We agree. My contention is that it is more income redistributive in its intent than it is intended to distribute health care, which can be done by free market methods in concert with the will and consent of the people in their different state and local venues, and without harm either to original constitutional intent or to the pockets of the citizens whom that constitution protects.

That's for the Supreme Court to decide.

That is, for "conservatives," the problem. The Supreme Court has gone way beyond original intent in "interpreting" the general welfare clause. And as long as it continues to accede to whatever wishes the Congress desires to tax and spend for "the general welfare", the Federal Government will have nearly unlimited power over the States and the people. NOT THE INTENT OF THE FOUNDERS.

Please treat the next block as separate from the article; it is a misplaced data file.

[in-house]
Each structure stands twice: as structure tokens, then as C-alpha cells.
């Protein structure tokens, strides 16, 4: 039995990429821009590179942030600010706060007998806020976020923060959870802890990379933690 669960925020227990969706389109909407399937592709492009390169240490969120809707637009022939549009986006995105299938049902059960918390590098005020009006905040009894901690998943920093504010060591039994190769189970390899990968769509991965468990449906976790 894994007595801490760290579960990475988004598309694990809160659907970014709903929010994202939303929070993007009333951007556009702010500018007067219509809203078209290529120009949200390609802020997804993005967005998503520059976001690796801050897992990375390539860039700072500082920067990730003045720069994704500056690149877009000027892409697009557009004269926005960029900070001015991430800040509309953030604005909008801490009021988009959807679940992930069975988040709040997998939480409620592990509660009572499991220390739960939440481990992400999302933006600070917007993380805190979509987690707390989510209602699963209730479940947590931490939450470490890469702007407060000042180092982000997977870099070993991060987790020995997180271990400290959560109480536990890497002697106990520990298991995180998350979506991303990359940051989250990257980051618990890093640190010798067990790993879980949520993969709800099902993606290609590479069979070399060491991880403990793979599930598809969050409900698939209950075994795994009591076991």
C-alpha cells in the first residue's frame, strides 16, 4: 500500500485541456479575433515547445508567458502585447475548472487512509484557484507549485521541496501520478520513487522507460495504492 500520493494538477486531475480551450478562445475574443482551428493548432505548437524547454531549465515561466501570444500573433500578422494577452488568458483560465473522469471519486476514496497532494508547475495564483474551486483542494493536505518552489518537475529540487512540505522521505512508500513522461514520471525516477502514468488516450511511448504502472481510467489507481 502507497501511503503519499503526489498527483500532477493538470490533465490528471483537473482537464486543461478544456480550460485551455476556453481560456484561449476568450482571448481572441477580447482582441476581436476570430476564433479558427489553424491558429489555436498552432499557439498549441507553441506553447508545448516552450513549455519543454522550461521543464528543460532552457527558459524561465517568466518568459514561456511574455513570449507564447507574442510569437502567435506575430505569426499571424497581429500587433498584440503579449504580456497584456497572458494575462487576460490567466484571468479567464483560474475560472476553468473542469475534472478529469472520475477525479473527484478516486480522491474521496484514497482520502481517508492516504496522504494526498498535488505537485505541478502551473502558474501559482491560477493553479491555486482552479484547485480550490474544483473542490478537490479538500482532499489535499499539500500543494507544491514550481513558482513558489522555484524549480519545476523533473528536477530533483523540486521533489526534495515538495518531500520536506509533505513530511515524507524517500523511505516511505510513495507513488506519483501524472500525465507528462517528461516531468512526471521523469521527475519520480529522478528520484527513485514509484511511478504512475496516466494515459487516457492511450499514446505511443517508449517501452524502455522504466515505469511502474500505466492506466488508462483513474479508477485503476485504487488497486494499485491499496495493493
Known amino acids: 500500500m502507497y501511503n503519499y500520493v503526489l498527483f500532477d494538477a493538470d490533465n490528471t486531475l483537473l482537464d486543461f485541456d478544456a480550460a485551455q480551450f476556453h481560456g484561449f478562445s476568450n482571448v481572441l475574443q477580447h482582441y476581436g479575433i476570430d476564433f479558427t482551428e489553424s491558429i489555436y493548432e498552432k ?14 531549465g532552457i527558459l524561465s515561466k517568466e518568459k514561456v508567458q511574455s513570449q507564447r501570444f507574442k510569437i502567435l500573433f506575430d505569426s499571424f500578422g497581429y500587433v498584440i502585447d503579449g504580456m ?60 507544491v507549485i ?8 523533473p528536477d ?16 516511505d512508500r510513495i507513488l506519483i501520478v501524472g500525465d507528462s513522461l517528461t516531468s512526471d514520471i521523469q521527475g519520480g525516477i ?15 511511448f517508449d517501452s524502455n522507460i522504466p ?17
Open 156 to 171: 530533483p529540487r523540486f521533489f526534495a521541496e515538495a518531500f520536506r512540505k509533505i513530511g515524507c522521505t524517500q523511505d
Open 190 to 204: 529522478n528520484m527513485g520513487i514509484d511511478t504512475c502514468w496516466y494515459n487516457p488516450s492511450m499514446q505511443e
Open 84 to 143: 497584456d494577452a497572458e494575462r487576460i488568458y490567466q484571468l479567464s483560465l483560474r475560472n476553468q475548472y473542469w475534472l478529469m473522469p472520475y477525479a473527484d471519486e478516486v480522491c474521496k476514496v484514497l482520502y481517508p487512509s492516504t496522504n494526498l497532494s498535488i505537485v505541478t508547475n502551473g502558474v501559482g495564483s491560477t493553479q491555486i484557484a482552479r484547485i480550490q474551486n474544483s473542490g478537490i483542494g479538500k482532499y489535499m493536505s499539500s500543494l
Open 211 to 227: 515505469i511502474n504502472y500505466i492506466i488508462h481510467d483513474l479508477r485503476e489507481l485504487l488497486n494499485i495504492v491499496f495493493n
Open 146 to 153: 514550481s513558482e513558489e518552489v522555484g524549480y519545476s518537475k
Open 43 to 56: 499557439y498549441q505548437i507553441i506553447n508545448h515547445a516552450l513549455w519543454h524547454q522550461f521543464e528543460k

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Old 03-28-2010, 01:20 PM   #76
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Why don't you think Coburn was proposing these amendments a year or six months ago?

Nancy Pelosi said we had to pass the bill to find out what was in it.

I'd like to see the states being a larger part of the solution, but don't believe a problem such as this can really be solved without Federal action. There's just no way the states could prioritize and coordinate activities in a meaningful manner...

The States can create "programs" that suit the specific needs of their citizens. And they can be "models" for each other. And failures can be FAR more easily corrected at State levels than national. State legislators have to be more responsive to their constituents. Those national congressional representatives all come from the States. They don't magically get smarter or more competent when they put on federal suits. If anything, they become more contentious and obstructive.